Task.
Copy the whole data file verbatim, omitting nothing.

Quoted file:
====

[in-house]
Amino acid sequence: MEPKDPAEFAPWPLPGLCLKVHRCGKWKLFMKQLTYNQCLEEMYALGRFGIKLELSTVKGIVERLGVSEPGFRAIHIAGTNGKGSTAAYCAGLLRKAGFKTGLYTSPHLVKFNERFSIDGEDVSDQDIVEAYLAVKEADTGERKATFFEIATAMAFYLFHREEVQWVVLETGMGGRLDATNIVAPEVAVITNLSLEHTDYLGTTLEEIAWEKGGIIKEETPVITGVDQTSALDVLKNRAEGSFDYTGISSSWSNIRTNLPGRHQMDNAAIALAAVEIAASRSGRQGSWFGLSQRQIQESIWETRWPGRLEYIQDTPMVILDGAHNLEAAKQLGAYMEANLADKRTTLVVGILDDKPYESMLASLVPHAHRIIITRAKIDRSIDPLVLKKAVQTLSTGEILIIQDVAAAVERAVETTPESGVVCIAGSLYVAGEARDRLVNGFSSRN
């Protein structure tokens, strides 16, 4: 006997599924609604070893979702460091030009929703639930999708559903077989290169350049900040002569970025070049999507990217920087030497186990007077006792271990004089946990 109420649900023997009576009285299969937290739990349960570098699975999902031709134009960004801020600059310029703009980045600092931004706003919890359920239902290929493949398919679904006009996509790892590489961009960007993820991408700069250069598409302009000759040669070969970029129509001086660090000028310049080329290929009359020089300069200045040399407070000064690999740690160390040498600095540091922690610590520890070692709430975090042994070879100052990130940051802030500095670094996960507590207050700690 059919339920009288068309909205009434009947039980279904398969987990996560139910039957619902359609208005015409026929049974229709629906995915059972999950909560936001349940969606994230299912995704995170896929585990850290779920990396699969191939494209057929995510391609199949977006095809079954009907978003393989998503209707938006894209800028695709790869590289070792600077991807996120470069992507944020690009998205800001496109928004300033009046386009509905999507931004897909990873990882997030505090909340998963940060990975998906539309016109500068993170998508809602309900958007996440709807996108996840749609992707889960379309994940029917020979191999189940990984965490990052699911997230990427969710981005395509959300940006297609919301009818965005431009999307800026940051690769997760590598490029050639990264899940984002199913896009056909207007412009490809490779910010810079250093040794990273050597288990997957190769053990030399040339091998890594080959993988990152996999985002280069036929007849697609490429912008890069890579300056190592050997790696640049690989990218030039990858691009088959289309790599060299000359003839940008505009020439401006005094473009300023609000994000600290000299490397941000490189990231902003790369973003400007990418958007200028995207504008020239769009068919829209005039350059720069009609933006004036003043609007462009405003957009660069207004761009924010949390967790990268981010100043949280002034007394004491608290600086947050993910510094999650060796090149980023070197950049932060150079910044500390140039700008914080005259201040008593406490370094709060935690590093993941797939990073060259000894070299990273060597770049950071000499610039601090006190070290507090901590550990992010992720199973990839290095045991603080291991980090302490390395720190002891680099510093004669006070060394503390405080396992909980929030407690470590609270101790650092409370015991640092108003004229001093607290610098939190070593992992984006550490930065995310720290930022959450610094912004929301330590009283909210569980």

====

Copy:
[in-house]
Amino acid sequence: MEPKDPAEFAPWPLPGLCLKVHRCGKWKLFMKQLTYNQCLEEMYALGRFGIKLELSTVKGIVERLGVSEPGFRAIHIAGTNGKGSTAAYCAGLLRKAGFKTGLYTSPHLVKFNERFSIDGEDVSDQDIVEAYLAVKEADTGERKATFFEIATAMAFYLFHREEVQWVVLETGMGGRLDATNIVAPEVAVITNLSLEHTDYLGTTLEEIAWEKGGIIKEETPVITGVDQTSALDVLKNRAEGSFDYTGISSSWSNIRTNLPGRHQMDNAAIALAAVEIAASRSGRQGSWFGLSQRQIQESIWETRWPGRLEYIQDTPMVILDGAHNLEAAKQLGAYMEANLADKRTTLVVGILDDKPYESMLASLVPHAHRIIITRAKIDRSIDPLVLKKAVQTLSTGEILIIQDVAAAVERAVETTPESGVVCIAGSLYVAGEARDRLVNGFSSRN
């Protein structure tokens, strides 16, 4: 006997599924609604070893979702460091030009929703639930999708559903077989290169350049900040002569970025070049999507990217920087030497186990007077006792271990004089946990 109420649900023997009576009285299969937290739990349960570098699975999902031709134009960004801020600059310029703009980045600092931004706003919890359920239902290929493949398919679904006009996509790892590489961009960007993820991408700069250069598409302009000759040669070969970029129509001086660090000028310049080329290929009359020089300069200045040399407070000064690999740690160390040498600095540091922690610590520890070692709430975090042994070879100052990130940051802030500095670094996960507590207050700690 059919339920009288068309909205009434009947039980279904398969987990996560139910039957619902359609208005015409026929049974229709629906995915059972999950909560936001349940969606994230299912995704995170896929585990850290779920990396699969191939494209057929995510391609199949977006095809079954009907978003393989998503209707938006894209800028695709790869590289070792600077991807996120470069992507944020690009998205800001496109928004300033009046386009509905999507931004897909990873990882997030505090909340998963940060990975998906539309016109500068993170998508809602309900958007996440709807996108996840749609992707889960379309994940029917020979191999189940990984965490990052699911997230990427969710981005395509959300940006297609919301009818965005431009999307800026940051690769997760590598490029050639990264899940984002199913896009056909207007412009490809490779910010810079250093040794990273050597288990997957190769053990030399040339091998890594080959993988990152996999985002280069036929007849697609490429912008890069890579300056190592050997790696640049690989990218030039990858691009088959289309790599060299000359003839940008505009020439401006005094473009300023609000994000600290000299490397941000490189990231902003790369973003400007990418958007200028995207504008020239769009068919829209005039350059720069009609933006004036003043609007462009405003957009660069207004761009924010949390967790990268981010100043949280002034007394004491608290600086947050993910510094999650060796090149980023070197950049932060150079910044500390140039700008914080005259201040008593406490370094709060935690590093993941797939990073060259000894070299990273060597770049950071000499610039601090006190070290507090901590550990992010992720199973990839290095045991603080291991980090302490390395720190002891680099510093004669006070060394503390405080396992909980929030407690470590609270101790650092409370015991640092108003004229001093607290610098939190070593992992984006550490930065995310720290930022959450610094912004929301330590009283909210569980």